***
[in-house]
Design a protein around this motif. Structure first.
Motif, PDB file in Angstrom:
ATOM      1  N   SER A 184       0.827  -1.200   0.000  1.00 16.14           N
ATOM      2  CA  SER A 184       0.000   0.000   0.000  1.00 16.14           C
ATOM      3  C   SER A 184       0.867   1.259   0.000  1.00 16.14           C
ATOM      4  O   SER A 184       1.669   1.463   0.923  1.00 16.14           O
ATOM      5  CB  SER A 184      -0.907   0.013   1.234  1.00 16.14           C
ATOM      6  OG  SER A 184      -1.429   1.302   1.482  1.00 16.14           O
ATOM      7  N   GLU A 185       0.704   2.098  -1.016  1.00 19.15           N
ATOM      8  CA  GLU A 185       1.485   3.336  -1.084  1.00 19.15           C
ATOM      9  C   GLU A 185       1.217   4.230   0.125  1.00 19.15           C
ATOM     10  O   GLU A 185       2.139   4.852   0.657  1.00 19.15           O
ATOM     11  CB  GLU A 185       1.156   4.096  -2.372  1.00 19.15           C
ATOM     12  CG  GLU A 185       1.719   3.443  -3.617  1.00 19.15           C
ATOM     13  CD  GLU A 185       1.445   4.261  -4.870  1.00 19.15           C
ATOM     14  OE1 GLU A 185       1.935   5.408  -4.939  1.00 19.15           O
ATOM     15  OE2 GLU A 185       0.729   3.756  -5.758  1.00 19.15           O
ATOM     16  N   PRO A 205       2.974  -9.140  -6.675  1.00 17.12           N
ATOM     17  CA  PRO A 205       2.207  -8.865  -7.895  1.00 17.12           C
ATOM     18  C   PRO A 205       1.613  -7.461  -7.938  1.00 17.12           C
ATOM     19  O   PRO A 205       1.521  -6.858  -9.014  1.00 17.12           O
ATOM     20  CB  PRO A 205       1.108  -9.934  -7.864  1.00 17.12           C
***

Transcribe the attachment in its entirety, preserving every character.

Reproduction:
[in-house]
Design a protein around this motif. Structure first.
Motif, PDB file in Angstrom:
ATOM      1  N   SER A 184       0.827  -1.200   0.000  1.00 16.14           N
ATOM      2  CA  SER A 184       0.000   0.000   0.000  1.00 16.14           C
ATOM      3  C   SER A 184       0.867   1.259   0.000  1.00 16.14           C
ATOM      4  O   SER A 184       1.669   1.463   0.923  1.00 16.14           O
ATOM      5  CB  SER A 184      -0.907   0.013   1.234  1.00 16.14           C
ATOM      6  OG  SER A 184      -1.429   1.302   1.482  1.00 16.14           O
ATOM      7  N   GLU A 185       0.704   2.098  -1.016  1.00 19.15           N
ATOM      8  CA  GLU A 185       1.485   3.336  -1.084  1.00 19.15           C
ATOM      9  C   GLU A 185       1.217   4.230   0.125  1.00 19.15           C
ATOM     10  O   GLU A 185       2.139   4.852   0.657  1.00 19.15           O
ATOM     11  CB  GLU A 185       1.156   4.096  -2.372  1.00 19.15           C
ATOM     12  CG  GLU A 185       1.719   3.443  -3.617  1.00 19.15           C
ATOM     13  CD  GLU A 185       1.445   4.261  -4.870  1.00 19.15           C
ATOM     14  OE1 GLU A 185       1.935   5.408  -4.939  1.00 19.15           O
ATOM     15  OE2 GLU A 185       0.729   3.756  -5.758  1.00 19.15           O
ATOM     16  N   PRO A 205       2.974  -9.140  -6.675  1.00 17.12           N
ATOM     17  CA  PRO A 205       2.207  -8.865  -7.895  1.00 17.12           C
ATOM     18  C   PRO A 205       1.613  -7.461  -7.938  1.00 17.12           C
ATOM     19  O   PRO A 205       1.521  -6.858  -9.014  1.00 17.12           O
ATOM     20  CB  PRO A 205       1.108  -9.934  -7.864  1.00 17.12           C